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A win-win for student ambassadors

By: Bill Thrall

No one can quite express what a particular course, university or college is really like better than the current students themselves. That’s why student ambassadors are so important.

The role of a student ambassador

Ambassadors are employed by universities and colleges to share their knowledge and experience of further/higher education with potential future students. The work they undertake could be at their university or college, on location at a local school, or at an event such as a careers fair.

Image: Falmouth student ambassadors working an open day.

The type of roles that ambassadors play can vary depending on their skills, knowledge, and the actual event in which they are working. For example, at university open days, ambassadors might:

  • lead small groups of visitors on tours of the campus
  • give talks on the subject or course
  • offer general help and signposting
  • help out during the registration process (signing in)

At careers/HE fairs, ambassadors:

  • interact with pupils, teachers and/or parents and talk about their course, institution, or their journey to higher education.

In schools, they:

  • lead or support taster workshops
  • give talks on aspects of student life, including managing money, choosing a course, how to fund HE, accommodation etc.

Working as an ambassador is a rewarding experience, with many students reporting how it made them realise where their strengths lie, and the direction in which they wish to go upon completion of their studies.

Image: Ambassadors from Bridgwater & Taunton College

What are the benefits of being an ambassador?

Working as a student ambassador brings numerous benefits. First off, it’s a part-time job so you get paid! Also, as an ambassador, you don’t have to work when you don’t want to, and you don’t have to do jobs you don’t enjoy, or don’t feel confident in doing, So, if public speaking terrifies you, you won’t be forced to do it.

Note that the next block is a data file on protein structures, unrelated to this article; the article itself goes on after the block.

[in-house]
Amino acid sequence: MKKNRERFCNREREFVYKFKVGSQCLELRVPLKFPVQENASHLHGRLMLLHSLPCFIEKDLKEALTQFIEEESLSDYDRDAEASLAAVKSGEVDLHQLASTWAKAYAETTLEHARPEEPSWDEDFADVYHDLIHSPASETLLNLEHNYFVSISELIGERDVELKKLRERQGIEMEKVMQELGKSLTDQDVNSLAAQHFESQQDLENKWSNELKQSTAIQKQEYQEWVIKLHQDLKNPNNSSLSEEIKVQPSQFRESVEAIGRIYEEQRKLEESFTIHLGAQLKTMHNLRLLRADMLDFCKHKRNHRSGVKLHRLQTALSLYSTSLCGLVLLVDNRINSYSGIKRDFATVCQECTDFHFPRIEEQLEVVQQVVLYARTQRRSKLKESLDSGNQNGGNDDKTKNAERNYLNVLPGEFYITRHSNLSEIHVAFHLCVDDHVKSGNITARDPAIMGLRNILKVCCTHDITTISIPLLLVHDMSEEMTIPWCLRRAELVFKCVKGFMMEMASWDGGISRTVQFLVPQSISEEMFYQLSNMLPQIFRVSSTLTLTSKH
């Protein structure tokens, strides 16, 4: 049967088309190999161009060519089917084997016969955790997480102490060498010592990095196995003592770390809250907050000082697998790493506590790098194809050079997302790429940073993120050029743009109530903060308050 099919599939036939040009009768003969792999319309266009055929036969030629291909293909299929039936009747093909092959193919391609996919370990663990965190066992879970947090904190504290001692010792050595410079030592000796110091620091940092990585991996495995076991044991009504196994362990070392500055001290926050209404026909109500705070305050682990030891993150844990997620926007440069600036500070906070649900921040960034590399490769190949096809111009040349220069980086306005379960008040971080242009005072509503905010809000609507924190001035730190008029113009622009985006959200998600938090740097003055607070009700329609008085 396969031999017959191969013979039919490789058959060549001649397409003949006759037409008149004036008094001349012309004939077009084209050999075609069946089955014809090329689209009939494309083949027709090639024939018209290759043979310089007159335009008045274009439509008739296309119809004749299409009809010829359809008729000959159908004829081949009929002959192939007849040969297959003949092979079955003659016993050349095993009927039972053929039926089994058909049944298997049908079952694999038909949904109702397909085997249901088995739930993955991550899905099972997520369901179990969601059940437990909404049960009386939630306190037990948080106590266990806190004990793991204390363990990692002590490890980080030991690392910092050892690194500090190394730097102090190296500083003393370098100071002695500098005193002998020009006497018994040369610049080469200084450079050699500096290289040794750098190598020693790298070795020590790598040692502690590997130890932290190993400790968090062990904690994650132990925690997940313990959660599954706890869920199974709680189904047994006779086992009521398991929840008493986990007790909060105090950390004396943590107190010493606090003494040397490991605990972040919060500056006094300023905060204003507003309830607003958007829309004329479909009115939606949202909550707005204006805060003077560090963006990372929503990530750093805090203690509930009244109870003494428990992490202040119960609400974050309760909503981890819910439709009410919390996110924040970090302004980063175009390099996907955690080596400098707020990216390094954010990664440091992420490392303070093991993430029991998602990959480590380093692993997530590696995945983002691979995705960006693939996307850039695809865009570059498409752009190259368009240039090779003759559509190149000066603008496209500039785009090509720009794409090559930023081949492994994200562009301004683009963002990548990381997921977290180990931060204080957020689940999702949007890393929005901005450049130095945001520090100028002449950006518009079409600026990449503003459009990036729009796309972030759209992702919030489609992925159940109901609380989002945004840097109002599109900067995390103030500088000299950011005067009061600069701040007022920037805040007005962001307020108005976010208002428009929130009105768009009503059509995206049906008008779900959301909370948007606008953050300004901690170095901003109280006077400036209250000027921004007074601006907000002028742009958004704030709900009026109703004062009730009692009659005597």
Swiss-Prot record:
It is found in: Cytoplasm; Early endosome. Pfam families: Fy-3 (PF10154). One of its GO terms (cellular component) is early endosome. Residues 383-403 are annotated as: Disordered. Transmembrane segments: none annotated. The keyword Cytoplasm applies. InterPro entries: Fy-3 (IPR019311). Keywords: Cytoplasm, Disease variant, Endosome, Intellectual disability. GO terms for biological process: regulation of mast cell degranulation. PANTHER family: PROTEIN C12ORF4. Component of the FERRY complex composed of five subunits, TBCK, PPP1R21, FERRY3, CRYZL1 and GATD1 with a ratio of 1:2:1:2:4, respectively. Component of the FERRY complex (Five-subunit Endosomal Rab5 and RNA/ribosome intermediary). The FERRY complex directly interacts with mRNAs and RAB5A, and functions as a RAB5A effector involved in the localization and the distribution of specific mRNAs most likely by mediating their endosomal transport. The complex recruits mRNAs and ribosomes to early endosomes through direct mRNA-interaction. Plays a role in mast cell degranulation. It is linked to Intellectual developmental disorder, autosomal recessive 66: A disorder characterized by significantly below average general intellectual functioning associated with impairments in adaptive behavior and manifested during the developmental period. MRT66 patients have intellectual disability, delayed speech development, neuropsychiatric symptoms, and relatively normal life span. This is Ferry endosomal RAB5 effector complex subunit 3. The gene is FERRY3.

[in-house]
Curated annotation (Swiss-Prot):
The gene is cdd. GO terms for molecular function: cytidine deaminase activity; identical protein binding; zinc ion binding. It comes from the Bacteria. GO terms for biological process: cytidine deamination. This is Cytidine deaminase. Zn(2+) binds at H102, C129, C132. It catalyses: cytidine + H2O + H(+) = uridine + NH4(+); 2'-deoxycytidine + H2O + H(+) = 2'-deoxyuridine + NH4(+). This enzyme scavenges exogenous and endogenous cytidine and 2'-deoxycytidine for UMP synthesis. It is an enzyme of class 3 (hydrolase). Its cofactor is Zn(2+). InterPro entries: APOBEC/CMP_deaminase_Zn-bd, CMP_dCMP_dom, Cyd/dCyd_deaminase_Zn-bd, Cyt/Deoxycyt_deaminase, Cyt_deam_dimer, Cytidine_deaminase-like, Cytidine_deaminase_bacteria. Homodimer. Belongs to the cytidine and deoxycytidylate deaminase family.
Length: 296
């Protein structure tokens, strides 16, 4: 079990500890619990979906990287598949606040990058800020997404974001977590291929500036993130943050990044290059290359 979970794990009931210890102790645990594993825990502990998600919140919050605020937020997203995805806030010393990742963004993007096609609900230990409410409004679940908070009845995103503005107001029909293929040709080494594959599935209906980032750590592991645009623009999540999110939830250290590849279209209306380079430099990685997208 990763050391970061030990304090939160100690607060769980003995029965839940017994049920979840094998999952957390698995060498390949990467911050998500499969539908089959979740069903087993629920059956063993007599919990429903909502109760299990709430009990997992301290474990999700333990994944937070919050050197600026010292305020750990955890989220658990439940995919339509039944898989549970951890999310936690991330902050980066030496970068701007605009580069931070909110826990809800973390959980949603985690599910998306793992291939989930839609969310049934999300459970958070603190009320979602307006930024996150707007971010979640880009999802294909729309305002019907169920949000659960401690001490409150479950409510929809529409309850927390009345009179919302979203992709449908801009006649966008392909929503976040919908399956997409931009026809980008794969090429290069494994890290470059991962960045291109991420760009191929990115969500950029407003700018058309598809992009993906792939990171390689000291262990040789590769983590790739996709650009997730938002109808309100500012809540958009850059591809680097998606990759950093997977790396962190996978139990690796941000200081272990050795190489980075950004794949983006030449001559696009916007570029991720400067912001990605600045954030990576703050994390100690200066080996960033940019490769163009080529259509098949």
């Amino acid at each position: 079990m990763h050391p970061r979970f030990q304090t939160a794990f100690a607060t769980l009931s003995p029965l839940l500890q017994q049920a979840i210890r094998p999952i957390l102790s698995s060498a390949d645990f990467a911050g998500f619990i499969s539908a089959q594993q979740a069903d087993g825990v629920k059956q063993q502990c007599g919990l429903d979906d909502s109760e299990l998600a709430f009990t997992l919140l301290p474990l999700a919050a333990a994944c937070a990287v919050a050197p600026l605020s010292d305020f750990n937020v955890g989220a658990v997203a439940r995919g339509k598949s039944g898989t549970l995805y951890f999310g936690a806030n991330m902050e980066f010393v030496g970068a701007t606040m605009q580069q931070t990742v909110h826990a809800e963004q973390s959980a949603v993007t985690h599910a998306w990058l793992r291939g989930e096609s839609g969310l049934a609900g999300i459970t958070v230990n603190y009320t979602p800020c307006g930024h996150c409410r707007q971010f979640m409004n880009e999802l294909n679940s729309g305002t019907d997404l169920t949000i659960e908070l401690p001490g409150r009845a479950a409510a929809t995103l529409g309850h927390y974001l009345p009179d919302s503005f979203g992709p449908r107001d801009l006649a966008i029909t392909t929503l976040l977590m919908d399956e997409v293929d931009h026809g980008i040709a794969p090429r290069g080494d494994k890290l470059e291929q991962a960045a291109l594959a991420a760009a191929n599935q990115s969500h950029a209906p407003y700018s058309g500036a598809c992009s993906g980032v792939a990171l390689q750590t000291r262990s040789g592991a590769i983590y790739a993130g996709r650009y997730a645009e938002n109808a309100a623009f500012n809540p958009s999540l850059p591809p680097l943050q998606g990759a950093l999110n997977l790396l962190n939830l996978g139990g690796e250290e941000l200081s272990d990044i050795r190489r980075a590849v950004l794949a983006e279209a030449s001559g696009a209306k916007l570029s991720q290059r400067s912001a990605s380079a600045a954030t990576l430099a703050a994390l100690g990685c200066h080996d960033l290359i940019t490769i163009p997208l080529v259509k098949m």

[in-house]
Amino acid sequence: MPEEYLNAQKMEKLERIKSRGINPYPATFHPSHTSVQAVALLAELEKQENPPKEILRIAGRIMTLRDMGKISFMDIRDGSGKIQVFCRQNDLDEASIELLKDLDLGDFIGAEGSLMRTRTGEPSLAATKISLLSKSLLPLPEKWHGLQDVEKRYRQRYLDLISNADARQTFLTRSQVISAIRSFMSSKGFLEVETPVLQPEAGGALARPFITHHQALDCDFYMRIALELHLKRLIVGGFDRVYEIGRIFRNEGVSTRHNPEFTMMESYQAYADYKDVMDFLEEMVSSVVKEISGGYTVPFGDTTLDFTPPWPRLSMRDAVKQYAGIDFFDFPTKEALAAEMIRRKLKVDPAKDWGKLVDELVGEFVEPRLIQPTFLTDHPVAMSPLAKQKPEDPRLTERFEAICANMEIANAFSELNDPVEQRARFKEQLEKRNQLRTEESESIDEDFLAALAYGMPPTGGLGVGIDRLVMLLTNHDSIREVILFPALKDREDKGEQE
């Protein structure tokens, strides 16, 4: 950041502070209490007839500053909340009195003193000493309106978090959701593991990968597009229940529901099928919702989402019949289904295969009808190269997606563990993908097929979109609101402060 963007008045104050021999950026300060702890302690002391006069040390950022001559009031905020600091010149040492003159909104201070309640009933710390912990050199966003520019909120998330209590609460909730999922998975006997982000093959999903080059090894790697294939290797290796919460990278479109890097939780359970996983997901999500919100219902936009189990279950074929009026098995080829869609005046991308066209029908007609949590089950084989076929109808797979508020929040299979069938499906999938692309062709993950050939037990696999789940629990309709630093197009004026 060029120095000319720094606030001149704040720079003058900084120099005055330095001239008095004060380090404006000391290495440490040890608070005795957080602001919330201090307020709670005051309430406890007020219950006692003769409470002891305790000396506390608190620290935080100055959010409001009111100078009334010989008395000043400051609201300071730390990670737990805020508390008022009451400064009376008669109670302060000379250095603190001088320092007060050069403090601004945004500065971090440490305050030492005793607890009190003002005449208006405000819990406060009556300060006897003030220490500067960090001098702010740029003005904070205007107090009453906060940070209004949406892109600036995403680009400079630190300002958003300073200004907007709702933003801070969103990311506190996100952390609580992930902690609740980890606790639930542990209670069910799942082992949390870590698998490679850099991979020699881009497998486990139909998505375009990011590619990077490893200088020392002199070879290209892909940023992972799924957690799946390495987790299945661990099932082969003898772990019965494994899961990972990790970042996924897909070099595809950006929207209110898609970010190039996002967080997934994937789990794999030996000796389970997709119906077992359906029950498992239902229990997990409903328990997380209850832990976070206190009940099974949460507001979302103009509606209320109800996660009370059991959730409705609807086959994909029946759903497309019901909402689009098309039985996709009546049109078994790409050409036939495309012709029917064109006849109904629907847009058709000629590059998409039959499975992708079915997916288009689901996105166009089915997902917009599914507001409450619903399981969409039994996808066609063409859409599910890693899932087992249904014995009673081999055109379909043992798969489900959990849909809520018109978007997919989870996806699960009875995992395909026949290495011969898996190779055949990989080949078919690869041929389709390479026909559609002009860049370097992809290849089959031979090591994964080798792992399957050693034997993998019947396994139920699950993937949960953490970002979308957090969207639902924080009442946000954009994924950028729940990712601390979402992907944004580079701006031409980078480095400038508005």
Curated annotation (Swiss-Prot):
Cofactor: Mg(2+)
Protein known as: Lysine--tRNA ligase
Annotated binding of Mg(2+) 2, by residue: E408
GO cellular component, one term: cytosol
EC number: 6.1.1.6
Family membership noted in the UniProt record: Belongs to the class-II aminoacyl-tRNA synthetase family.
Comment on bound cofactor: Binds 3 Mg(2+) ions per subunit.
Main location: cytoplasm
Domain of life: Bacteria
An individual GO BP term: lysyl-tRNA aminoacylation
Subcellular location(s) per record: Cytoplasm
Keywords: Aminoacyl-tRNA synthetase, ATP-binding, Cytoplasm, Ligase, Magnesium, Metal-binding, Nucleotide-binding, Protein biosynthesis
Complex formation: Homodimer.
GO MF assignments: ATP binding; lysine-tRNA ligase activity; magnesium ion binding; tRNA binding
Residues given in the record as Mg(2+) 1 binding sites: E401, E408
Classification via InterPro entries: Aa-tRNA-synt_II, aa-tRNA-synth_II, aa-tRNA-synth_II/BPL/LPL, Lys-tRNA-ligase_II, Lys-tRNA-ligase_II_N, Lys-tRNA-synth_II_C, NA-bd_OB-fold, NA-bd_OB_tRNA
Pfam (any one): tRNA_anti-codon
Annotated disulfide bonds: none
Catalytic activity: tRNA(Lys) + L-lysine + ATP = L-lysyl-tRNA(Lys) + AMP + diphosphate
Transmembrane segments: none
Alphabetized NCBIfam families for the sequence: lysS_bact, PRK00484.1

The thing to remember with ambassador work is that it comes with responsibility and requires an element of passion for your course and institution. Because of these reasons, student ambassador work looks great on the CV.

Employers value applicants who have demonstrated responsibility and the ability to work alongside their studies. They also value applicants who have put into action the skills that higher education facilitates, such as effective communication, customer service, time management, and team work.

Training

Before engaging in any work as an ambassador, you will undergo some training. This would include general training on the role of a student ambassador (including code of conduct) as well as safeguarding training.  Depending on the types of work you’ve expressed an interest in, there could be additional training involved. Ambassadors are also be required to complete a DBS check.

How to become a student ambassador

When you arrive at your university or college for the start of the course, there will be all sorts of activities happening to welcome new students and let them know of the opportunities available to them. It’s likely that there will be information available for new students wishing to become ambassadors.

Some institutions will hold specific recruitment events for potential ambassadors, so look out for posters and flyers advertising the event. Students are often informed about these events via email. You can also search your institution’s website, as they usually have a dedicated section for student ambassadors. Here’s an example from Plymouth Marjon University’s website. 

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